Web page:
The year is 2065, and the black rhinoceros has just gone extinct, thanks to rising temperatures and drying habitats in Southern Africa. The Middle East is starving, thanks to the leaders that decided to withhold any foreign aid, amidst heated arguments with their political rivals.
Thirty years later, the United States has turned into a barren wasteland, thanks to a massive energy shortage and financial collapse, due to the full commitment to renewable energy sources and ban of conventional oils. The walrus is now extinct in Russia, and Japan has erupted into civil war and mass famine thanks to a total crop failure. The only stable country in the world is Australia, who happens to have the most advanced technology and most efficient energy systems. Before banning the GEO altogether, the Middle East has kidnapped two of the GEO agents stationed there, who’re both presumed dead.
To put it simply, Red Redemption’s Fate of the World is a turn-based strategy card game, with Earth’s future as the backdrop. You put your cards into play depending on the conditions and/or problems that are set in front of you at the beginning of every turn, and once you put things into action, the world progresses with the immediate results of your actions, upon which you’ll make more plays based on those results. It may sound utterly bland and simplistic, but there’s so much to Fate of the World that’s deceptively engaging and captivating.
In terms of the actual plot, you’re the leader of the fictional GEO,whose task is to simultaneously lessen Earth’s reliance on fossil fuels and prevent global warming from wrecking the environment. In order to accomplish this, you need to play the right cards in the right nations, depending on what they need. So if Northern Africa is going through terrible wildfires, you can play a card that enforces better preparedness for wildfires and droughts. That’s simple enough, but the true game excels in portraying in the problems that aren’t so linear, and the dilemmas that may arise from what you initially thought were good choices.
For example, Latin America just blew up in civil unrest all of a sudden in one of my campaigns, so I gave them some military assistance to help with that. That didn’t work as well as I’d hoped, so I decided to kick things up a notch and fund some black ops for insertion into the country. Upon seeing that the bulk of the population wasn’t pleased with their world leader at all, I decided a regime change was in order, and funded the black ops to do so by force. Sure enough, the former leader was ousted, but it turned out the newer one was just as militaristic and ruthless as the first one, if not more so, and the public realized they would’ve been better off with the previous leader.
The unpredictability of your actions extends to the many eventual problems stemming from over-reliance on fossil fuels as well. In one instance, China had the worst pollution in the world, making its entire population sick and bed-ridden. I figured that I’d think ahead and fund a forestry project to preserve forests and plant more trees to get rid of the smog and terrible air quality. That worked fine, but within 40 years China found itself in an unrivaled famine due to all the farmland being taken over by the preservation of forests.
It just gets more convoluted from there as well. In one of the missions, your goal is to survive until the year 2120 without any major catastrophes, and the global temperature rising no more than three degrees. I’d survived relatively well up until the year 2090, when all of a sudden my carbon emissions increased so exponentially that my global temperature increased from 1.5 to 2.5 degrees in the span of five years. Looking at the timeline, not only was there a ridiculous wildfire across the entire African continent, but Russia was also relying heavily on coal, thanks to a ridiculous 100% oil shortage. Panicking, I decided to put a global ban on coal and demanded everyone use renewables. Considering how valuable coal is to the global economy, this naturally resulted in a global financial collapse. The superpowers were all reduced to third world countries, and those that actually managed to live through the collapse did so using minimal resources. You’d think that would be a terrible, terrible atrocity, but in the grand scheme of things, it actually worked out quite well; in those 30 years, the global temperature only rose 0.3 degrees, and I succeeded in my mission. That is, if you could call “killing a ton of people just to save the world” a success.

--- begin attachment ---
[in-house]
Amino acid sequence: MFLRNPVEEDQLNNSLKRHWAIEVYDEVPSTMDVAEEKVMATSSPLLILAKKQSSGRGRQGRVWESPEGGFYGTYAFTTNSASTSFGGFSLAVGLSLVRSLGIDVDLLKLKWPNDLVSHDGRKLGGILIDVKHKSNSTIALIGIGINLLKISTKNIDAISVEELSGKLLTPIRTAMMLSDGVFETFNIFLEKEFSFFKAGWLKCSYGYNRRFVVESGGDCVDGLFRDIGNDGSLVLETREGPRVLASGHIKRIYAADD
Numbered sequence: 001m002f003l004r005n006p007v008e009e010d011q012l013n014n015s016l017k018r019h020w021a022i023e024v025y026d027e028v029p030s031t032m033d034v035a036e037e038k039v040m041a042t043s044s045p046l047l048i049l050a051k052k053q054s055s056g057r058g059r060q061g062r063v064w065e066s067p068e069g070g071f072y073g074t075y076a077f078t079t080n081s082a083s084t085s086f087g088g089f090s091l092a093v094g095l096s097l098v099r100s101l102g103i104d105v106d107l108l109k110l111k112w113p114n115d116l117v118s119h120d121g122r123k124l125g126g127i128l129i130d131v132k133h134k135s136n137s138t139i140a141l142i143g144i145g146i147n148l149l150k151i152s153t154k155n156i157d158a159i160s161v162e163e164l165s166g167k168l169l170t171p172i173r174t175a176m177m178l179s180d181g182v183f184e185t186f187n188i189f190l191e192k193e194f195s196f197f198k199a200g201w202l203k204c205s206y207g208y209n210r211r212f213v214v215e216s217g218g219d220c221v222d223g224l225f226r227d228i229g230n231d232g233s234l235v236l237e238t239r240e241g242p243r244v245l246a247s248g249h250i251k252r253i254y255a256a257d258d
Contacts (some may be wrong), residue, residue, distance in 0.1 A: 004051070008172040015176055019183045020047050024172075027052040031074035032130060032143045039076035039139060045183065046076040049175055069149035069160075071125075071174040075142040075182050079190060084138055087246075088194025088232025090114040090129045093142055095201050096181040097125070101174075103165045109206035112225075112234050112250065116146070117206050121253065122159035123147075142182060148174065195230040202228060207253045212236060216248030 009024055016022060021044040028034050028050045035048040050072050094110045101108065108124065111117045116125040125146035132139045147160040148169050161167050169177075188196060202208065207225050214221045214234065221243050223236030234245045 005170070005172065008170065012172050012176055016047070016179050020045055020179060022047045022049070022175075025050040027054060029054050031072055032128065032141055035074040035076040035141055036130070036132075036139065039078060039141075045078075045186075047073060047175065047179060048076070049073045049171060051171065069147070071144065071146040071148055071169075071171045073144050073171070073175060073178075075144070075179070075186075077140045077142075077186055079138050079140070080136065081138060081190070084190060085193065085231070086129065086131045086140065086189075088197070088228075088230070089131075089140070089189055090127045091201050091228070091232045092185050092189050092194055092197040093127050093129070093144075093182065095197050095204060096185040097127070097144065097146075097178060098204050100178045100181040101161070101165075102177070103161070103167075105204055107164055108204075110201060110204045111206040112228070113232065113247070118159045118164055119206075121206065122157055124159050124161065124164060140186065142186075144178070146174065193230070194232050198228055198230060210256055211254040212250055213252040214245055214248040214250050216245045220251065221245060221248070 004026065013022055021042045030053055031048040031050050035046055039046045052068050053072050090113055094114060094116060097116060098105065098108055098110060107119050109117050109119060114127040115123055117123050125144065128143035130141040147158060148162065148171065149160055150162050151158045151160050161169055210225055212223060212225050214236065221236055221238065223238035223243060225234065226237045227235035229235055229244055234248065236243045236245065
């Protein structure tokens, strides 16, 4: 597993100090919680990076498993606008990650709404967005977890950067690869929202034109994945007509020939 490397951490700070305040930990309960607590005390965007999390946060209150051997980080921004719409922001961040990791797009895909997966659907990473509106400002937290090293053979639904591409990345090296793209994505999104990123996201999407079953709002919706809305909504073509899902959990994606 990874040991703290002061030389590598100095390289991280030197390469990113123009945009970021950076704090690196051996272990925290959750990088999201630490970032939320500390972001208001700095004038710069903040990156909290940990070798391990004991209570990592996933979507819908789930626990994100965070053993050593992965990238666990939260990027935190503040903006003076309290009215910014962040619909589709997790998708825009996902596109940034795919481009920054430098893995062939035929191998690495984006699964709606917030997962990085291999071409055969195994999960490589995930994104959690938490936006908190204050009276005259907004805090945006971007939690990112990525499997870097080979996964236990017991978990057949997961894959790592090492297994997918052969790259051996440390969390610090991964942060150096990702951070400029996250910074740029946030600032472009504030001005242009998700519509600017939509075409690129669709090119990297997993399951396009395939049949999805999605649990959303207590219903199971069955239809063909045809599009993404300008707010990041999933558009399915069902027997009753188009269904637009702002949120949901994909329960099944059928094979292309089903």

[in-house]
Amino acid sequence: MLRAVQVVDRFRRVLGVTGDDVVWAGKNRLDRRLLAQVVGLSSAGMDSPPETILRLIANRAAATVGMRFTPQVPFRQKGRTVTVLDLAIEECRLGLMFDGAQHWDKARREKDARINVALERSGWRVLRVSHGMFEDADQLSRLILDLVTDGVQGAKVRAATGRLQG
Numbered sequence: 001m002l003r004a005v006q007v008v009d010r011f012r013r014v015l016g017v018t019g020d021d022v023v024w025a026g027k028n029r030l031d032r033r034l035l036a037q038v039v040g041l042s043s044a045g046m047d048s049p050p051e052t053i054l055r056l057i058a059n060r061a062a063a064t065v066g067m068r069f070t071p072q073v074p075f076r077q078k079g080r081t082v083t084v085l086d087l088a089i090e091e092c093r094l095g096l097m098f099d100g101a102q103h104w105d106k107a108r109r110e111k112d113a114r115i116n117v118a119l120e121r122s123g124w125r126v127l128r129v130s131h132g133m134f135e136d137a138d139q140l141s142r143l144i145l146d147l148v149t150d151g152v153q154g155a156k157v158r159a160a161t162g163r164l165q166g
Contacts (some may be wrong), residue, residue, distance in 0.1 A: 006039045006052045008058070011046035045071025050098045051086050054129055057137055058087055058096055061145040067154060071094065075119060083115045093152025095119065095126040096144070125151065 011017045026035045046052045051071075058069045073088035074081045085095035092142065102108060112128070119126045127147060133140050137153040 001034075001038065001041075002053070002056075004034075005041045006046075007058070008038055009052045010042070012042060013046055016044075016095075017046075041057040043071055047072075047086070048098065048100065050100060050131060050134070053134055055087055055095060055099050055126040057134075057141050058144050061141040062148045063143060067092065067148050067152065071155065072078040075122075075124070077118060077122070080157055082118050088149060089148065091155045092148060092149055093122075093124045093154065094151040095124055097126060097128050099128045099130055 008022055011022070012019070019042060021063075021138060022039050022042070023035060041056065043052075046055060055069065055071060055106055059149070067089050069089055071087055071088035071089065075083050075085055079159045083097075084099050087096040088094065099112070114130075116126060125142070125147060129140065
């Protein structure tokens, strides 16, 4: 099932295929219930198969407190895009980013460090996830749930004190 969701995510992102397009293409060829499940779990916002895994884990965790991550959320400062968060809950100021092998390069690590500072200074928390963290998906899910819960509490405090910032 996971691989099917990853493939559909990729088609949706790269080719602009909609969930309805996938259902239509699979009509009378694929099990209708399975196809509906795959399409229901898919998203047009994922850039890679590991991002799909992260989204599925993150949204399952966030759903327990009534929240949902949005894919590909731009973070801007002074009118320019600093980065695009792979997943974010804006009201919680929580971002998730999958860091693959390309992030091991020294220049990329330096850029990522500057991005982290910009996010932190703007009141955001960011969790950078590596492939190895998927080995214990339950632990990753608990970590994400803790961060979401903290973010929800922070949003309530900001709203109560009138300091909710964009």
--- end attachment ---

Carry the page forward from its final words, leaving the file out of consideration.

That’s really the name of the game with Fate of the World: no matter how good you think a decision is, it will result in unintended consequences. It’s one of those few brilliant games that accurately depicts the notion that you’ll feel the effects of a choice you made early in the game, whether you like it or not, and for better or for worse. In that sense, it might be the best educational game I’ve ever played; it gives the player a very real, very mature perspective on the decisions they make, and perhaps even teaches them to sympathize with the many tough decisions our current leaders and authority figures have to make as well.
At $10, Fate of the World may not be a game for everyone, but it’s a game that everyone should play. While I can’t quite vouch for the science behind the events that actually unfold in the game, it’s still a terrifying, emotionally resonating, captivating vision of Earth and its future. Highly recommended.